Whether or not we notice it, Art is always around. It can come in the form of a beautiful painting in the Smithsonian Museum, a sculpture by Michelangelo, or as graffiti on the wall. Whatever the form, art is always present. Additionally, art is not new; for as long as there have been people, there has been art. Though rare, early Christian art manages to express, in picture form, a story from the bible. One piece, which was actual a mural painted in the fourth century, on walls of the mausoleum of Galla Placidia in Raveena, Italy, depicts Christ teaching his apostles. Just a few miles away in a Vatican City museum is a statue from the third century which also depicts Christ as the Good Shepherd.The artists who crafted these works of art shared a common theme, which was Christ, but they tell a different part of the story; the mosaic shows how the sheep view Christ, while the statue tells how Christ searches for the lost sheep.According to the text in the book “Culture and Values: A Survey of Humanities” the statue, which was quite rare before the fourth century, is a classic Greaco-Roman depiction of Christ as the Good Shepherd (142). This statue, unlike the mosaic by the same name, only shows a single sheep, the lost sheep which Christ seeks out. In the parable from Luke 15 vs 3-7, Christ reveals that a good Shepherd will, if losing one sheep, he drops everything to find that one sheep. The Statue is a literal depiction of the good shepherd searching for his lost sheep. The mosaic, on the other hand, does not show Christ searching for his flock, but rather it shows his flock calm and secure in his presences. They are at rest and at peace, and all are gazing at their master. The statue, much like the mosaic…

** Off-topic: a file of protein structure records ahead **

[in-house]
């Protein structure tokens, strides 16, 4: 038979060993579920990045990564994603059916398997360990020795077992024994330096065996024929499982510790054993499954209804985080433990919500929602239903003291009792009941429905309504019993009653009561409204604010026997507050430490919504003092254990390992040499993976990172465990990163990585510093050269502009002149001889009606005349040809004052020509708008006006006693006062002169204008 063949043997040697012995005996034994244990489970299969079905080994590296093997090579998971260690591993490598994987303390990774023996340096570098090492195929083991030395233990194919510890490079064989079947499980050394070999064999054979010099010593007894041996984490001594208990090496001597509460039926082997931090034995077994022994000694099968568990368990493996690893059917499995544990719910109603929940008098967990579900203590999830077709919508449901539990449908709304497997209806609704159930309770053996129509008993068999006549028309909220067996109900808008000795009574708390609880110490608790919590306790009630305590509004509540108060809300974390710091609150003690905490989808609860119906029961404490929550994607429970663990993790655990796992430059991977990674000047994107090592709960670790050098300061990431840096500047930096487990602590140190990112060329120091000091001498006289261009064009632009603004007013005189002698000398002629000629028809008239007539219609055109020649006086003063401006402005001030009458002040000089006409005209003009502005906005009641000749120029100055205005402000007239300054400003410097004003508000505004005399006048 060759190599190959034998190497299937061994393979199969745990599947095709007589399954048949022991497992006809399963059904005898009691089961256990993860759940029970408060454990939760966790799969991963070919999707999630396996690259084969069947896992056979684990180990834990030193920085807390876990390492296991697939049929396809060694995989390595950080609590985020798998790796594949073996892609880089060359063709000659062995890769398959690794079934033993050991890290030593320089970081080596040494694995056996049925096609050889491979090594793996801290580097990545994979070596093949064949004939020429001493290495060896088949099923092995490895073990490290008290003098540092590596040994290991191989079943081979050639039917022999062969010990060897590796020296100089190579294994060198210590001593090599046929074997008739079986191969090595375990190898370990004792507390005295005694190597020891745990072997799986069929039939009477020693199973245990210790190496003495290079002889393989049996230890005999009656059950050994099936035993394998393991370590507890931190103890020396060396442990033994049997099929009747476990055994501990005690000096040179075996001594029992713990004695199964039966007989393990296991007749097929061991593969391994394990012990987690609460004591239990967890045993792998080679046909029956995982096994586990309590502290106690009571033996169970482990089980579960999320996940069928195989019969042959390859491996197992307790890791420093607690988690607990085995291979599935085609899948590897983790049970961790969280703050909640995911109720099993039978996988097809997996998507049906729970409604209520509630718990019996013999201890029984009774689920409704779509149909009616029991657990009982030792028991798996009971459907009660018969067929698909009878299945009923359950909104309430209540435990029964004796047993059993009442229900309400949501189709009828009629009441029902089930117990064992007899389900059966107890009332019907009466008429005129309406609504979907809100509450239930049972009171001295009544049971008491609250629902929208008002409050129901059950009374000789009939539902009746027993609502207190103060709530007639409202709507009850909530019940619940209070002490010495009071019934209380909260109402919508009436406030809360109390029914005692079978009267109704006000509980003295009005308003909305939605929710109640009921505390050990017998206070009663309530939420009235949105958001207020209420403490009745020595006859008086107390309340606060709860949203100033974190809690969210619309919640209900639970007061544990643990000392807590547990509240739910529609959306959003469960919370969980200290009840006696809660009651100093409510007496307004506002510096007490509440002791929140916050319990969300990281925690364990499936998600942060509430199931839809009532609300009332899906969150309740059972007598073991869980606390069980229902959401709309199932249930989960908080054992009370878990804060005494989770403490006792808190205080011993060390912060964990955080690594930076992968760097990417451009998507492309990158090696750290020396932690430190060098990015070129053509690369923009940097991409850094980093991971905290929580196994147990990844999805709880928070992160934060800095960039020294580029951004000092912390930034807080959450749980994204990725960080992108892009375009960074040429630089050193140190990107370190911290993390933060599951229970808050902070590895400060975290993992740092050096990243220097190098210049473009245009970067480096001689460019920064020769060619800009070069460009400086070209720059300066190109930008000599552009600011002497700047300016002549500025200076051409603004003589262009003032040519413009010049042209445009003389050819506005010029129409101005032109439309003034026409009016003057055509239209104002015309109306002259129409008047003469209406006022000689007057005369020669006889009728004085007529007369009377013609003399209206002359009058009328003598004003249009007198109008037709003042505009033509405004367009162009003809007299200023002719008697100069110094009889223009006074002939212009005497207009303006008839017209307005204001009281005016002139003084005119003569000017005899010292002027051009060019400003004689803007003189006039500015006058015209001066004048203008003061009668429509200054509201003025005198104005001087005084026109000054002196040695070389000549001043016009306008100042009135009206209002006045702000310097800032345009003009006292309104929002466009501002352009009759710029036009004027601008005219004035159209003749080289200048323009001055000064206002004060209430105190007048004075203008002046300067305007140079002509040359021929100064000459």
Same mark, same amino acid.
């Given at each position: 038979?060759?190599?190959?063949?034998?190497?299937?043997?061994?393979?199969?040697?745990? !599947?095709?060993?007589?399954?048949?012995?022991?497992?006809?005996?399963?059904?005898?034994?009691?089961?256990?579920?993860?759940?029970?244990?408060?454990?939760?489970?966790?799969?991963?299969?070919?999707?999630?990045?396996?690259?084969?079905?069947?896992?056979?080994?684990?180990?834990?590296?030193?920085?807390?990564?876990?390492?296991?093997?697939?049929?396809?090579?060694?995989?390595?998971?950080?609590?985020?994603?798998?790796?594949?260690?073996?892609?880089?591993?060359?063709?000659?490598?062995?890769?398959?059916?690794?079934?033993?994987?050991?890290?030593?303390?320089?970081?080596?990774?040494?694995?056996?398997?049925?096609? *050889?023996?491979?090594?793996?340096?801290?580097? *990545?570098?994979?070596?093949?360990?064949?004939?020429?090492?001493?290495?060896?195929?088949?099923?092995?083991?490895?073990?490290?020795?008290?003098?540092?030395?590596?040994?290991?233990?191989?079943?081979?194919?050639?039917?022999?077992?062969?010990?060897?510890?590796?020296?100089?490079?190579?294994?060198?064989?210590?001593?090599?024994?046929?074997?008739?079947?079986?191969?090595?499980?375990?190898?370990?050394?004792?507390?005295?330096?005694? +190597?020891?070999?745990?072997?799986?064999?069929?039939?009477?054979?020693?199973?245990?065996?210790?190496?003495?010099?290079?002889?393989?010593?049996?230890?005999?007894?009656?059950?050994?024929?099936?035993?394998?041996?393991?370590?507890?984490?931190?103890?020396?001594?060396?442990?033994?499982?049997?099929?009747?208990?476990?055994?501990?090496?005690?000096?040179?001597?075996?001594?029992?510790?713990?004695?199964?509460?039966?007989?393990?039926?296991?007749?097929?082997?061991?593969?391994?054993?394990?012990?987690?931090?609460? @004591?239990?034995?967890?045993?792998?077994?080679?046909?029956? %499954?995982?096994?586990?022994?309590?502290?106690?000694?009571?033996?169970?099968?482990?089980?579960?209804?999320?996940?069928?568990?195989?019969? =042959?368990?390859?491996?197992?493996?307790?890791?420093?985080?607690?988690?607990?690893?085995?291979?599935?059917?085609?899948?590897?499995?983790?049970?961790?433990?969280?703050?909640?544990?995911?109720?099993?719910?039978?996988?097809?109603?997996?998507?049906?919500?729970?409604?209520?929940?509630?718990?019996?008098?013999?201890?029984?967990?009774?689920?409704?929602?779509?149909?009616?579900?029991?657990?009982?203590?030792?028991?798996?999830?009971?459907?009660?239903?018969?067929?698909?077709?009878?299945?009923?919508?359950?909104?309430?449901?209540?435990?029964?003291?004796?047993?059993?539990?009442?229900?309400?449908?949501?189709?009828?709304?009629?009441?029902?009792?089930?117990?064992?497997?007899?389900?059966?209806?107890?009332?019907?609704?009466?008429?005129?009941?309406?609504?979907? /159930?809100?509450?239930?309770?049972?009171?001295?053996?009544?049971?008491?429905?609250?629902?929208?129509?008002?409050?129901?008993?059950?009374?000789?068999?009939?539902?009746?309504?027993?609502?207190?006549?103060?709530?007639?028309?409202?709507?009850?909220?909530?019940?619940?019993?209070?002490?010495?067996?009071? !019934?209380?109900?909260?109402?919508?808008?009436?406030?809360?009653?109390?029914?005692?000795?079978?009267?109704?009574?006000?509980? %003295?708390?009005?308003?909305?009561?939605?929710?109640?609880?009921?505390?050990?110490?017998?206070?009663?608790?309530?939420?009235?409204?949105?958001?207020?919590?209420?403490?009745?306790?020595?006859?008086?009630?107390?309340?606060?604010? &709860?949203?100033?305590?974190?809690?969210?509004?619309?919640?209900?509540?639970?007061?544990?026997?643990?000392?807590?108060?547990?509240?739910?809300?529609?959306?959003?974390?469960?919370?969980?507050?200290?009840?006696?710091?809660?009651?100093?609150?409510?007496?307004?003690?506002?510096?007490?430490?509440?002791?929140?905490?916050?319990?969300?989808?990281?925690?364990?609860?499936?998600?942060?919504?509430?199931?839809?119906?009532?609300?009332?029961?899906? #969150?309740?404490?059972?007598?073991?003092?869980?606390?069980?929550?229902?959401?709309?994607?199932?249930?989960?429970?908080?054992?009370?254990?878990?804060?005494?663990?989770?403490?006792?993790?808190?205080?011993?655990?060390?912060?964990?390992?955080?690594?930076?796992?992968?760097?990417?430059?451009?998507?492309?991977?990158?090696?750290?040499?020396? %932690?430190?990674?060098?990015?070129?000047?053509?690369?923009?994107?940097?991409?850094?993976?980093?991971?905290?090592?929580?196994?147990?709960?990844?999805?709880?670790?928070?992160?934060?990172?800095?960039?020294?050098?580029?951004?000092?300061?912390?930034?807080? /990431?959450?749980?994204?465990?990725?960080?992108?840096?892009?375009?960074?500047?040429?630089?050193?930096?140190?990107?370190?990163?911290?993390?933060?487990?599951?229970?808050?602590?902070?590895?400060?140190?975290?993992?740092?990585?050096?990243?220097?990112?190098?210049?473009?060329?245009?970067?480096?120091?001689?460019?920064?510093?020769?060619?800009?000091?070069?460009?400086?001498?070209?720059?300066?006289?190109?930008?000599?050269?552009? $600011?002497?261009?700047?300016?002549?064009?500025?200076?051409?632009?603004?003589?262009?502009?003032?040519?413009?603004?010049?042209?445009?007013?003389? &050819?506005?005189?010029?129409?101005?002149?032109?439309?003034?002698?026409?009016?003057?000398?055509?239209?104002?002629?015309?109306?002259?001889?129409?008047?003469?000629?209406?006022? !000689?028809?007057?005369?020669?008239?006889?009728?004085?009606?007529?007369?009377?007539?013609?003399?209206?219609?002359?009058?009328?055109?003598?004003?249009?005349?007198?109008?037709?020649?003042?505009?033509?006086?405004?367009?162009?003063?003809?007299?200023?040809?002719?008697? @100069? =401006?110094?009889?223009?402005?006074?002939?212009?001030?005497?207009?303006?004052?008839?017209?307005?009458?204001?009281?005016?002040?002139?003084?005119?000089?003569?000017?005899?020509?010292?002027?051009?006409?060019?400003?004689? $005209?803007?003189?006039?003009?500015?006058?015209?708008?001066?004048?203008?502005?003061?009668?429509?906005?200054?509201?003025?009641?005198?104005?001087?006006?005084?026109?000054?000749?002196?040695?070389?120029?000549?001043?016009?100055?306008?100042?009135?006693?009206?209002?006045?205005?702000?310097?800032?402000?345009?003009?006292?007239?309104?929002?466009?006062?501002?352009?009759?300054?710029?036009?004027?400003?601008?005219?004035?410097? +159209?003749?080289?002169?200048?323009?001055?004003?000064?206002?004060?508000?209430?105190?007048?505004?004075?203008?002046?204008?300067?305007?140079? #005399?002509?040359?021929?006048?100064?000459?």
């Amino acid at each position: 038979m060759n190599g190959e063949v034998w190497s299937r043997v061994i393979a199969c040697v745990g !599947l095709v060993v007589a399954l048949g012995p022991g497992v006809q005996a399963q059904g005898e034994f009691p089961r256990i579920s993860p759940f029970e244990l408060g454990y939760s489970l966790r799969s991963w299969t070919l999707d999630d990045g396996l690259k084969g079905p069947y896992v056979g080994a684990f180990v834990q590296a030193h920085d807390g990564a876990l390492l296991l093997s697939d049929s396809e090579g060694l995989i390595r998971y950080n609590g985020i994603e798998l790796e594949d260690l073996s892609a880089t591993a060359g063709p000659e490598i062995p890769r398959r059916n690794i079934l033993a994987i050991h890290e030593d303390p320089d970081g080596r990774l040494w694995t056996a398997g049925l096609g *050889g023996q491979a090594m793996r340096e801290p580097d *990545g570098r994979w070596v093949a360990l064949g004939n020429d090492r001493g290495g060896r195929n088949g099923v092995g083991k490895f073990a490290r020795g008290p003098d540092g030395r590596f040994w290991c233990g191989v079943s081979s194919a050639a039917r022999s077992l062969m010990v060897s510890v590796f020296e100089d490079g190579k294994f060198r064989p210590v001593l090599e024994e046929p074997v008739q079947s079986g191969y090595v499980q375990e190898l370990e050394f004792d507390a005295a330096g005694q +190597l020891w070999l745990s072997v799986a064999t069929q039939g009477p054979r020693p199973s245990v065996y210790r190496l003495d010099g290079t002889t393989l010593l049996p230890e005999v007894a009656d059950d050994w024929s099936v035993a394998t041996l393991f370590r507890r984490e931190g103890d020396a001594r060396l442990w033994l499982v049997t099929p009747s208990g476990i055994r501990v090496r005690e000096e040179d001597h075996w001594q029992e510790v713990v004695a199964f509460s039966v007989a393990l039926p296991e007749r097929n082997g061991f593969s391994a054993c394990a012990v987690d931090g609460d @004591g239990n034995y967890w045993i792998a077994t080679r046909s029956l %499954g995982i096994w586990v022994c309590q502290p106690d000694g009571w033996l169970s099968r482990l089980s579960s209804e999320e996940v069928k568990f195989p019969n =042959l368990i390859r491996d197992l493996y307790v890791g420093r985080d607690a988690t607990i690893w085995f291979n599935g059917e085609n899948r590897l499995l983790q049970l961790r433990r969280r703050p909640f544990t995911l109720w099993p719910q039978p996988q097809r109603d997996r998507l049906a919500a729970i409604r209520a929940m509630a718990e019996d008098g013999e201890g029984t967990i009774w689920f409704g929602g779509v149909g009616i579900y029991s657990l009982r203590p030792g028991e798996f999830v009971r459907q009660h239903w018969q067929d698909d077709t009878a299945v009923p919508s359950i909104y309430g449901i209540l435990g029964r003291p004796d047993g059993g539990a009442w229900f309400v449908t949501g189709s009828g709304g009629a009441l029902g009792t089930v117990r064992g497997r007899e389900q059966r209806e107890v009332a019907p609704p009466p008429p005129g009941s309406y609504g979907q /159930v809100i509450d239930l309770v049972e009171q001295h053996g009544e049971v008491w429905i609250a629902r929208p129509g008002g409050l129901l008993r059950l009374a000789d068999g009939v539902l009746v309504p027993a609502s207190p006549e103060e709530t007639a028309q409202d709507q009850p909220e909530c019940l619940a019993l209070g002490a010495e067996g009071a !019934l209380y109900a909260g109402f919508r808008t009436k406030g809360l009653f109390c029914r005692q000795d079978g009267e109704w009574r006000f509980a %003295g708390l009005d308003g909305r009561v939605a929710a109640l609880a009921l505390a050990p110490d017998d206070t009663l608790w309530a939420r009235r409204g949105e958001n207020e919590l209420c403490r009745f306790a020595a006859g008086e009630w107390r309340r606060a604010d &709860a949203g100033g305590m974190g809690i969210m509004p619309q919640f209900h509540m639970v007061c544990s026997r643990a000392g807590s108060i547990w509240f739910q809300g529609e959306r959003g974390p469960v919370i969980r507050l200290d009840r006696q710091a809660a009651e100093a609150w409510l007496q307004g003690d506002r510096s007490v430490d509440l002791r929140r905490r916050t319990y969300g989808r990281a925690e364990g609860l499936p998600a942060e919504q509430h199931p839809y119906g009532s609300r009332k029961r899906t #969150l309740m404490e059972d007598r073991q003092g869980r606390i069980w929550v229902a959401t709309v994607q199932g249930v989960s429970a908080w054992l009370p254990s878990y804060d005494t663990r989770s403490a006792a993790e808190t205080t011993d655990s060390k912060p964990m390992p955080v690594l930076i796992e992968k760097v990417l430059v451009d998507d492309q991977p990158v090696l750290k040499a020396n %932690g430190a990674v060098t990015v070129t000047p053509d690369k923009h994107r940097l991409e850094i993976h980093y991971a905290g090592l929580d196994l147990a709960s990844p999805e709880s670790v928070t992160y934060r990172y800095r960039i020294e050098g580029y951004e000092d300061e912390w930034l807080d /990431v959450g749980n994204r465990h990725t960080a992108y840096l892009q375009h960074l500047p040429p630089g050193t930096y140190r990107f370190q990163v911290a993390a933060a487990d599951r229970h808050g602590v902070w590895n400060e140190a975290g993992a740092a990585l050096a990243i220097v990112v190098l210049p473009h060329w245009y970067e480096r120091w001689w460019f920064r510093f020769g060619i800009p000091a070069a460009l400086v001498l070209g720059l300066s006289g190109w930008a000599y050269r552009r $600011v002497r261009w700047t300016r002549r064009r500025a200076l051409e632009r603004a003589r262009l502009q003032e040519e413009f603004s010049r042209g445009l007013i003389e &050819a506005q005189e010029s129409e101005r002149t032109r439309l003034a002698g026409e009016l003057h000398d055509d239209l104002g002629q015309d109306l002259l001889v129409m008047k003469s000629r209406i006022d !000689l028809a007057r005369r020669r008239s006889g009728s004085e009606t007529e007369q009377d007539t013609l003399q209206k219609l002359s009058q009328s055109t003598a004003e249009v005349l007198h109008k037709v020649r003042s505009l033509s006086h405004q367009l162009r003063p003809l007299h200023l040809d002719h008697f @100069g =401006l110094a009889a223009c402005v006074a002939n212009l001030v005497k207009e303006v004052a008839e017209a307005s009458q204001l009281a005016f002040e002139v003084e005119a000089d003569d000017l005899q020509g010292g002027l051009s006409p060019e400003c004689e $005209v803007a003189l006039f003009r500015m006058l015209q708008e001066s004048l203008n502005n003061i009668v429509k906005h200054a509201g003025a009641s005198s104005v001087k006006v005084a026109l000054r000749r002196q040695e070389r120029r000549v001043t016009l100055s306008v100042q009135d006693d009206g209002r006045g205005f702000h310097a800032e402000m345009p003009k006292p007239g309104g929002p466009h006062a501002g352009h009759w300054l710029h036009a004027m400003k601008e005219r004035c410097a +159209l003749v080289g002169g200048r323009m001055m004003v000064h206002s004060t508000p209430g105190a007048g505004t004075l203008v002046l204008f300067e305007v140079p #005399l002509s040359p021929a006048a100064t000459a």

…osaic expresses the peace that the flock has with the shepherd, while the statue expresses the shepherd searching for his lost sheep. Their purpose is the same, to share one particular part of the parable that Christ told about in Luke, and despite various years separating the works, their message is still as clear today as it was then; Christ is The Good Shepherd.
Melina, Remy. “Why Is the Color Purple Associated with Royalty?” 2011, June 03. 2011, Sept 10.
Sacred-Destinations.com. “Mausoleum of Galla Placida, Revenna”. 2009, Dec 16. 2011, Sept 10.Bromiley, Geoffrey William, Fredrich, Gerhard, Kittel, Gerhard. “Theological Dictionary of the New Testament.” Struttgart, Germany. W. Kohlhammer Verlag. 1995. Print.